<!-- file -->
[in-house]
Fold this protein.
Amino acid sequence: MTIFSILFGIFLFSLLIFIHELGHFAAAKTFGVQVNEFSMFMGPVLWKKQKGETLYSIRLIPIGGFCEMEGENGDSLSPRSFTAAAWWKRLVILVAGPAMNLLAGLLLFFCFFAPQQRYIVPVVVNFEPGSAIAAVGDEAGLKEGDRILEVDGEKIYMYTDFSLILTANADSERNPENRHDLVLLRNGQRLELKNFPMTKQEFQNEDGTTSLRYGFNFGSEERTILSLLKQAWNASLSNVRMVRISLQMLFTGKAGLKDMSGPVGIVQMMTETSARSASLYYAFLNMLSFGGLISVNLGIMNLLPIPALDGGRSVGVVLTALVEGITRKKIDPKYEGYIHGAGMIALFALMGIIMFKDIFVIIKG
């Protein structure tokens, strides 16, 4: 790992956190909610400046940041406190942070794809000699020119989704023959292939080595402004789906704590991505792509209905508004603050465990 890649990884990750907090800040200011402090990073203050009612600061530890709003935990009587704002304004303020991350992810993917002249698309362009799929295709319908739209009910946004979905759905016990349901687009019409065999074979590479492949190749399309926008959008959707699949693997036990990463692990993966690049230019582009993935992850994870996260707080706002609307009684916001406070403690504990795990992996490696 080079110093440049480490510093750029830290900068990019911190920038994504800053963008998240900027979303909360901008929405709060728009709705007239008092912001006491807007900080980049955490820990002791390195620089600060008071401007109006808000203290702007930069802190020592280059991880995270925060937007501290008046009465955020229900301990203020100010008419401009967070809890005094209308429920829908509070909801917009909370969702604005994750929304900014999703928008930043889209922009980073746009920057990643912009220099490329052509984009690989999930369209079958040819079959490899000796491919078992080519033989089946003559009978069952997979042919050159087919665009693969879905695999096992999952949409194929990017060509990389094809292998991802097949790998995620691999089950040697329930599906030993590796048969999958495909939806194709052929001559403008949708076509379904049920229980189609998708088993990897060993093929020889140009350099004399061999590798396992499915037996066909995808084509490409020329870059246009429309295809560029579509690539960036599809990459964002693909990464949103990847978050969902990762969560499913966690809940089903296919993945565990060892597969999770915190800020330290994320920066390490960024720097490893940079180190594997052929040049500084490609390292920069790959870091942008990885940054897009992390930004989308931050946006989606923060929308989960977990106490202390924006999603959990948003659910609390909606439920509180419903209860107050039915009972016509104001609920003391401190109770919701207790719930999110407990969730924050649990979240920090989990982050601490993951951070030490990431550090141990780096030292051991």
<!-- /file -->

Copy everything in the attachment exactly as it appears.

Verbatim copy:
[in-house]
Fold this protein.
Amino acid sequence: MTIFSILFGIFLFSLLIFIHELGHFAAAKTFGVQVNEFSMFMGPVLWKKQKGETLYSIRLIPIGGFCEMEGENGDSLSPRSFTAAAWWKRLVILVAGPAMNLLAGLLLFFCFFAPQQRYIVPVVVNFEPGSAIAAVGDEAGLKEGDRILEVDGEKIYMYTDFSLILTANADSERNPENRHDLVLLRNGQRLELKNFPMTKQEFQNEDGTTSLRYGFNFGSEERTILSLLKQAWNASLSNVRMVRISLQMLFTGKAGLKDMSGPVGIVQMMTETSARSASLYYAFLNMLSFGGLISVNLGIMNLLPIPALDGGRSVGVVLTALVEGITRKKIDPKYEGYIHGAGMIALFALMGIIMFKDIFVIIKG
């Protein structure tokens, strides 16, 4: 790992956190909610400046940041406190942070794809000699020119989704023959292939080595402004789906704590991505792509209905508004603050465990 890649990884990750907090800040200011402090990073203050009612600061530890709003935990009587704002304004303020991350992810993917002249698309362009799929295709319908739209009910946004979905759905016990349901687009019409065999074979590479492949190749399309926008959008959707699949693997036990990463692990993966690049230019582009993935992850994870996260707080706002609307009684916001406070403690504990795990992996490696 080079110093440049480490510093750029830290900068990019911190920038994504800053963008998240900027979303909360901008929405709060728009709705007239008092912001006491807007900080980049955490820990002791390195620089600060008071401007109006808000203290702007930069802190020592280059991880995270925060937007501290008046009465955020229900301990203020100010008419401009967070809890005094209308429920829908509070909801917009909370969702604005994750929304900014999703928008930043889209922009980073746009920057990643912009220099490329052509984009690989999930369209079958040819079959490899000796491919078992080519033989089946003559009978069952997979042919050159087919665009693969879905695999096992999952949409194929990017060509990389094809292998991802097949790998995620691999089950040697329930599906030993590796048969999958495909939806194709052929001559403008949708076509379904049920229980189609998708088993990897060993093929020889140009350099004399061999590798396992499915037996066909995808084509490409020329870059246009429309295809560029579509690539960036599809990459964002693909990464949103990847978050969902990762969560499913966690809940089903296919993945565990060892597969999770915190800020330290994320920066390490960024720097490893940079180190594997052929040049500084490609390292920069790959870091942008990885940054897009992390930004989308931050946006989606923060929308989960977990106490202390924006999603959990948003659910609390909606439920509180419903209860107050039915009972016509104001609920003391401190109770919701207790719930999110407990969730924050649990979240920090989990982050601490993951951070030490990431550090141990780096030292051991």